He is the oldest abortion survivor we are aware of, he has told his story publicly only once, to a pro-life rally on the steps of the state capitol in Sacramento, California. Jim Kelly is a surviving twin. His twin sister, Katherine Marie Kelly, was killed by his mother in a self-inflicted abortion 50 years ago, in 1949.
Although he did not suffer his sister’s cruel fate, Jim Kelly’s life has not been an easy or cheerful one, by most standards. His mother was a troubled woman who had nine children (including the aborted Katherine Marie) by five different men, only one of whom she ever married. Jim Kelly never met his father. Although he was too young to remember, Mr. Kelly told The New American he was physically abused by one of the men his mother lived with (his ankle was broken and his hands burned). His mother placed him in foster care while he was still very young and he was raised in a series of foster homes and institutions, where he also suffered physical, emotional, and sexual abuse.
The greatest pain for him, however, was the lifelong feeling of rejection and the craving for his mother’s affection and approval. Jim learned of his mother’s abortion and the death of his twin sister when he was 27 years old. He had become a Christian several years earlier and had intellectually forgiven his mother for abandoning him and for her continued rejection of him, but he still struggled with feelings of anger, resentment, and loss. He worked untiringly to bring his dysfunctional family together and succeeded, in large measure, with his brother and half-brothers, but was unable to break through his mother’s estrangement toward him. “I always tried to be the good son, and to help her and win her love,” but she would not allow that, he says. “I think her cold, unloving attitude toward me was a projection of the guilt she felt over the abortion, and her expectation that I would feel negatively toward her because of it. But that was never the case; I just wanted to be loved and accepted by her.”
Although he did not hold it against his brothers, it compounded his grief to see his mother extend affection to them while continuing to keep him at arm’s length. In the final hours of her life, however, Jim Kelly says he thinks his mother “finally found resolution.” She died in February of 1999 from cancer of the throat. “My brothers and I were there and I held her hand and she held mine,” he recounted, his voice swelled with emotion. “She couldn’t speak, but there was a difference in her eyes and the way she looked at me. I think that at the threshold of death she realized that I did love her, and she really did have some love for me.”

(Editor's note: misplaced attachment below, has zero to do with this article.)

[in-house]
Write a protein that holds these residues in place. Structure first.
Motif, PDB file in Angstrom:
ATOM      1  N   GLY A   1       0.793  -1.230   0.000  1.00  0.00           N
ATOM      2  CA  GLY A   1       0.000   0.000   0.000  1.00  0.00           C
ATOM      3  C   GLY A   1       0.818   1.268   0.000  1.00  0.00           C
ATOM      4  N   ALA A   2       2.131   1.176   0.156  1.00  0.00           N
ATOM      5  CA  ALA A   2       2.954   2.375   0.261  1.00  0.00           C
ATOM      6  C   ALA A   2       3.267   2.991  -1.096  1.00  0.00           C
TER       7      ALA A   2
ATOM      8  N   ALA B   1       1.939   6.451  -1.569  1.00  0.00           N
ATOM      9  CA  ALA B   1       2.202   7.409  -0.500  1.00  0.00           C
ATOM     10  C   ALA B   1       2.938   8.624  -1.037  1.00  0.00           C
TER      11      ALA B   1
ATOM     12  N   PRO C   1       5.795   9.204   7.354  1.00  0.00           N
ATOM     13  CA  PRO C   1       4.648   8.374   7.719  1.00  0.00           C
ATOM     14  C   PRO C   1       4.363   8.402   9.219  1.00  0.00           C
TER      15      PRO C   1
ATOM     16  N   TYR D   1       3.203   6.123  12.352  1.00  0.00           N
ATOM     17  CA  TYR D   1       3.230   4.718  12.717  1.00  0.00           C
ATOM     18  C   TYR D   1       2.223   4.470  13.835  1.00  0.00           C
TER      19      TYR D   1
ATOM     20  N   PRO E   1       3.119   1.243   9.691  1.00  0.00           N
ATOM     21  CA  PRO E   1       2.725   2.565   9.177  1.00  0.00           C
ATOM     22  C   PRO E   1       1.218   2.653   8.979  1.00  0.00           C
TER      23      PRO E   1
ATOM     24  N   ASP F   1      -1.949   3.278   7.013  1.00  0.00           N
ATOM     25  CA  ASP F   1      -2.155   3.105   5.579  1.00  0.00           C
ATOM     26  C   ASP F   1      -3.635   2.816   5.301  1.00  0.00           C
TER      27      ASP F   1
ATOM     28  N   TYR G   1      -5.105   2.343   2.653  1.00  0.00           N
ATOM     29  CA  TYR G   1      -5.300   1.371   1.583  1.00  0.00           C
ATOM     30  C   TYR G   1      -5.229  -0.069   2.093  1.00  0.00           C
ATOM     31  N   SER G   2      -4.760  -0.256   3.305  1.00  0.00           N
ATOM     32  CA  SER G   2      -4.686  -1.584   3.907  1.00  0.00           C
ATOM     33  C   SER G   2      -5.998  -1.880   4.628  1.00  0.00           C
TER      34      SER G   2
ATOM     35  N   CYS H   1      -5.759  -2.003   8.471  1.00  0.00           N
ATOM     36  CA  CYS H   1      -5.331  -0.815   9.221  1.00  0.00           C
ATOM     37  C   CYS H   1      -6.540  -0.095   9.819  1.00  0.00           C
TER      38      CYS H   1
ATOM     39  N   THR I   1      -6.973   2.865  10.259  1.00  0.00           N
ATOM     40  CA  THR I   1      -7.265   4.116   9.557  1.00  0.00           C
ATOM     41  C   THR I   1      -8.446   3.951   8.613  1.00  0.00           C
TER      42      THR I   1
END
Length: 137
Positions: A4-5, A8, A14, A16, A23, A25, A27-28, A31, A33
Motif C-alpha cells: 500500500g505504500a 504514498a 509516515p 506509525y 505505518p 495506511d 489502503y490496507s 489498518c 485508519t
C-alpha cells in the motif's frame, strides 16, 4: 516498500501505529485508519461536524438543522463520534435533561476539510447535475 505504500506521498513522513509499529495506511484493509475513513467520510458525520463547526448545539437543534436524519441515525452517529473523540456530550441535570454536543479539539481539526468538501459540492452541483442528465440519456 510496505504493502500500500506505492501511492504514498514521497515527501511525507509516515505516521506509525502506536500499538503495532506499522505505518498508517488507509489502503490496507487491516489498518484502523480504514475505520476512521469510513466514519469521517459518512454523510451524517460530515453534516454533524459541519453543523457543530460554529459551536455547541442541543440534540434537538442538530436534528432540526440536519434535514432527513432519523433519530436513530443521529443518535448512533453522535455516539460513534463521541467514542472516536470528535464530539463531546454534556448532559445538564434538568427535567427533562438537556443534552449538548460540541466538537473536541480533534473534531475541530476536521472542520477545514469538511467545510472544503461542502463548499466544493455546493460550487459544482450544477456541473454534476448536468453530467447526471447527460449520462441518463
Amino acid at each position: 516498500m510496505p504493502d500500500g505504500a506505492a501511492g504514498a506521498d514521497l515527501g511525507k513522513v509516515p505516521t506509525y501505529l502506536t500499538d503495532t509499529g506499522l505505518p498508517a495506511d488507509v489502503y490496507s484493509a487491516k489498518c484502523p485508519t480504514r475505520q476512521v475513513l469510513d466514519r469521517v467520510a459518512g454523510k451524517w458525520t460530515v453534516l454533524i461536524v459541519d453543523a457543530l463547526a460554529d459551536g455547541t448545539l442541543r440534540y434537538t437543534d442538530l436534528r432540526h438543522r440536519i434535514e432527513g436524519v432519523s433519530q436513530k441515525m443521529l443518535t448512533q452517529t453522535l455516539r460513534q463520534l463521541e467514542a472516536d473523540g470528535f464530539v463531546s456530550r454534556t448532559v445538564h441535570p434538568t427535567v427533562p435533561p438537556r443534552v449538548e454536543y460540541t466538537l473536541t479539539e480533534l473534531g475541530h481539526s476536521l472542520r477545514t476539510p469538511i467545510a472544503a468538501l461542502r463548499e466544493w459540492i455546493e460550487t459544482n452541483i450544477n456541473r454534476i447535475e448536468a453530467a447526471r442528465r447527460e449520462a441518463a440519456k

Does Jim Kelly ever wish that he had been spared his tumultuous and painful life, that he had also been aborted with his sister? Although he did try to commit suicide once as a teenager, while in an institution, he says he is glad to be alive. And, he adds, “Thank God there were no Planned Parenthood abortion clinics at the time I was born or I wouldn’t have survived; they would have finished the job.”
According to Jim Kelly, his life is proof of the truism that God works in mysterious ways. “As negative as so many of my life experiences have been, I wouldn’t trade any of them now,” he says. Those experiences have given him compassion and psychological insights that are invaluable to his vocation as a social worker. “I can build bridges, I can reach people who can’t be reached by your so-called ‘professionals,’ because I’ve been there, I know what they’re going through. And they can see that I’m not just relating something I read in a psychology textbook.”